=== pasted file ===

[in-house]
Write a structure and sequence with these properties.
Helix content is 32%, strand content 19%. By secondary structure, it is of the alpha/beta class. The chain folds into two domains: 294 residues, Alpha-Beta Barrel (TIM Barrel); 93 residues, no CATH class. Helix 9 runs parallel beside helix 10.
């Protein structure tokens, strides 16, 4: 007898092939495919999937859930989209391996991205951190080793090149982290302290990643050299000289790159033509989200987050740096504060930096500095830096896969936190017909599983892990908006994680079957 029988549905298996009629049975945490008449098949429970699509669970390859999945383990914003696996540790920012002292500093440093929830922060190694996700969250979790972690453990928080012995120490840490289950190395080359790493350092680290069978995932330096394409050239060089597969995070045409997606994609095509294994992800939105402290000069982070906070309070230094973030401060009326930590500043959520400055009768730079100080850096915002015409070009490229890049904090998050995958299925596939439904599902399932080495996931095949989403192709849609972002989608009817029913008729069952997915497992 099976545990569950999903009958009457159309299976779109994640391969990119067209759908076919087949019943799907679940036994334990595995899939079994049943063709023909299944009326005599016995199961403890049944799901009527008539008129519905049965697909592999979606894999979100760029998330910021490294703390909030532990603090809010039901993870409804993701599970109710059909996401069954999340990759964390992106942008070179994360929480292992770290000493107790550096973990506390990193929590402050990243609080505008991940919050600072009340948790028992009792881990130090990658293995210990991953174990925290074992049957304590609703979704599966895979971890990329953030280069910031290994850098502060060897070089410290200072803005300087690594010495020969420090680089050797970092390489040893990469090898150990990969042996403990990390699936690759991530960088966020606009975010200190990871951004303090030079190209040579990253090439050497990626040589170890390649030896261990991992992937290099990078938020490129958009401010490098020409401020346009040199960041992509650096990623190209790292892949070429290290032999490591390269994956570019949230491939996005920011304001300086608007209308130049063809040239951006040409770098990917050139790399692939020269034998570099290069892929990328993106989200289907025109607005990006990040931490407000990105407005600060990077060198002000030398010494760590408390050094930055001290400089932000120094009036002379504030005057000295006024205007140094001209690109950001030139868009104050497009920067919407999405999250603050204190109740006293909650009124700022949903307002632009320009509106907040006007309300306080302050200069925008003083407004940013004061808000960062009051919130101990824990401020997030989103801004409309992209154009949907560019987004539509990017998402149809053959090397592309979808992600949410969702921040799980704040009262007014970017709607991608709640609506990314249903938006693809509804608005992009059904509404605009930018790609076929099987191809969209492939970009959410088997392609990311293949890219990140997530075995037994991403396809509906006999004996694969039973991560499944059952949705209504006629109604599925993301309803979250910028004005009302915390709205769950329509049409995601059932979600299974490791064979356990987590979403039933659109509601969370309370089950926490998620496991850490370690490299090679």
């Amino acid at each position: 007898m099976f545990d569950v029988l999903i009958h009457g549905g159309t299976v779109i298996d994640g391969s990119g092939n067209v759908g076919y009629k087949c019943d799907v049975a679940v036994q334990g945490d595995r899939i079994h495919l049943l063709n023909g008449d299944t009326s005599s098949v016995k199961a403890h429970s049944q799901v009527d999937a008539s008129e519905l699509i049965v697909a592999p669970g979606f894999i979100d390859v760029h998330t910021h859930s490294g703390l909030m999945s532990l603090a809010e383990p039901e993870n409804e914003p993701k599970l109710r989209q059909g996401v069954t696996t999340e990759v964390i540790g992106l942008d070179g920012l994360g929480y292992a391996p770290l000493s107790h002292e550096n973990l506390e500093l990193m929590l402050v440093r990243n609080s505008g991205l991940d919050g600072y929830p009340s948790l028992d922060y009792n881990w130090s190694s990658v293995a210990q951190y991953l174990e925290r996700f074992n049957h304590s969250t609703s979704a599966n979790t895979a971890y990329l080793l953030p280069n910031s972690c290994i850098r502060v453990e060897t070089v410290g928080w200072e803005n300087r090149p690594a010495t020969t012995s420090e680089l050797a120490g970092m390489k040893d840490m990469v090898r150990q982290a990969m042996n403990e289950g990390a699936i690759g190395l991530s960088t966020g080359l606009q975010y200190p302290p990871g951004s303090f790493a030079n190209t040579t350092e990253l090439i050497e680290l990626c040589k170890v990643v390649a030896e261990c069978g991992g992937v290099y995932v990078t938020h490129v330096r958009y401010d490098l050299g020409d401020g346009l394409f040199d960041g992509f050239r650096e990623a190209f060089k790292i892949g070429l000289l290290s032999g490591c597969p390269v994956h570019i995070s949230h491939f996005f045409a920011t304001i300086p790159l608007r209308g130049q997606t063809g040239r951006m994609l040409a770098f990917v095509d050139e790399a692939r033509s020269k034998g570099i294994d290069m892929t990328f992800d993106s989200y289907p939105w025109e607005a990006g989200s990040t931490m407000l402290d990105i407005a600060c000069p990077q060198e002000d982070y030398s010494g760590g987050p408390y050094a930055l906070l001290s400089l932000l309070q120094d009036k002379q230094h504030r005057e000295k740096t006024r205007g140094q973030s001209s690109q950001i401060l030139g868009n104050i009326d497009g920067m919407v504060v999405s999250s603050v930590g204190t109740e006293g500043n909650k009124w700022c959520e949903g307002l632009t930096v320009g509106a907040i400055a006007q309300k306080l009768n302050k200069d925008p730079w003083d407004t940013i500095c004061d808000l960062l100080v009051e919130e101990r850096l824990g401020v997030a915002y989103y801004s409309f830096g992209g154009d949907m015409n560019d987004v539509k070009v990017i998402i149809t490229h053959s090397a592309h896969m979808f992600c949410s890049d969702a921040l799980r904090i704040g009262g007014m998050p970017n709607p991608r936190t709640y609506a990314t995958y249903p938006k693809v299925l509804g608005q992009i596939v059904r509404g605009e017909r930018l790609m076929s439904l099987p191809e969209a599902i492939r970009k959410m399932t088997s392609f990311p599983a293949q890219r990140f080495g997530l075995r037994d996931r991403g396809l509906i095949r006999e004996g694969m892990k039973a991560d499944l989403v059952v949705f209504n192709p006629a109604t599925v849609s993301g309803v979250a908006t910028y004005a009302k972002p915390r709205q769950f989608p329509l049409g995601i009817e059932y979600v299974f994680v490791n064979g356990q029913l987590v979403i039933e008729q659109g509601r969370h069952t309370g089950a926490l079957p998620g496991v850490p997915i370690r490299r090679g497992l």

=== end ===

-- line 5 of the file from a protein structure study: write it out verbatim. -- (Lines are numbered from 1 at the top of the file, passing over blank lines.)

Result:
């Amino acid at each position: 007898m099976f545990d569950v029988l999903i009958h009457g549905g159309t299976v779109i298996d994640g391969s990119g092939n067209v759908g076919y009629k087949c019943d799907v049975a679940v036994q334990g945490d595995r899939i079994h495919l049943l063709n023909g008449d299944t009326s005599s098949v016995k199961a403890h429970s049944q799901v009527d999937a008539s008129e519905l699509i049965v697909a592999p669970g979606f894999i979100d390859v760029h998330t910021h859930s490294g703390l909030m999945s532990l603090a809010e383990p039901e993870n409804e914003p993701k599970l109710r989209q059909g996401v069954t696996t999340e990759v964390i540790g992106l942008d070179g920012l994360g929480y292992a391996p770290l000493s107790h002292e550096n973990l506390e500093l990193m929590l402050v440093r990243n609080s505008g991205l991940d919050g600072y929830p009340s948790l028992d922060y009792n881990w130090s190694s990658v293995a210990q951190y991953l174990e925290r996700f074992n049957h304590s969250t609703s979704a599966n979790t895979a971890y990329l080793l953030p280069n910031s972690c290994i850098r502060v453990e060897t070089v410290g928080w200072e803005n300087r090149p690594a010495t020969t012995s420090e680089l050797a120490g970092m390489k040893d840490m990469v090898r150990q982290a990969m042996n403990e289950g990390a699936i690759g190395l991530s960088t966020g080359l606009q975010y200190p302290p990871g951004s303090f790493a030079n190209t040579t350092e990253l090439i050497e680290l990626c040589k170890v990643v390649a030896e261990c069978g991992g992937v290099y995932v990078t938020h490129v330096r958009y401010d490098l050299g020409d401020g346009l394409f040199d960041g992509f050239r650096e990623a190209f060089k790292i892949g070429l000289l290290s032999g490591c597969p390269v994956h570019i995070s949230h491939f996005f045409a920011t304001i300086p790159l608007r209308g130049q997606t063809g040239r951006m994609l040409a770098f990917v095509d050139e790399a692939r033509s020269k034998g570099i294994d290069m892929t990328f992800d993106s989200y289907p939105w025109e607005a990006g989200s990040t931490m407000l402290d990105i407005a600060c000069p990077q060198e002000d982070y030398s010494g760590g987050p408390y050094a930055l906070l001290s400089l932000l309070q120094d009036k002379q230094h504030r005057e000295k740096t006024r205007g140094q973030s001209s690109q950001i401060l030139g868009n104050i009326d497009g920067m919407v504060v999405s999250s603050v930590g204190t109740e006293g500043n909650k009124w700022c959520e949903g307002l632009t930096v320009g509106a907040i400055a006007q309300k306080l009768n302050k200069d925008p730079w003083d407004t940013i500095c004061d808000l960062l100080v009051e919130e101990r850096l824990g401020v997030a915002y989103y801004s409309f830096g992209g154009d949907m015409n560019d987004v539509k070009v990017i998402i149809t490229h053959s090397a592309h896969m979808f992600c949410s890049d969702a921040l799980r904090i704040g009262g007014m998050p970017n709607p991608r936190t709640y609506a990314t995958y249903p938006k693809v299925l509804g608005q992009i596939v059904r509404g605009e017909r930018l790609m076929s439904l099987p191809e969209a599902i492939r970009k959410m399932t088997s392609f990311p599983a293949q890219r990140f080495g997530l075995r037994d996931r991403g396809l509906i095949r006999e004996g694969m892990k039973a991560d499944l989403v059952v949705f209504n192709p006629a109604t599925v849609s993301g309803v979250a908006t910028y004005a009302k972002p915390r709205q769950f989608p329509l049409g995601i009817e059932y979600v299974f994680v490791n064979g356990q029913l987590v979403i039933e008729q659109g509601r969370h069952t309370g089950a926490l079957p998620g496991v850490p997915i370690r490299r090679g497992l």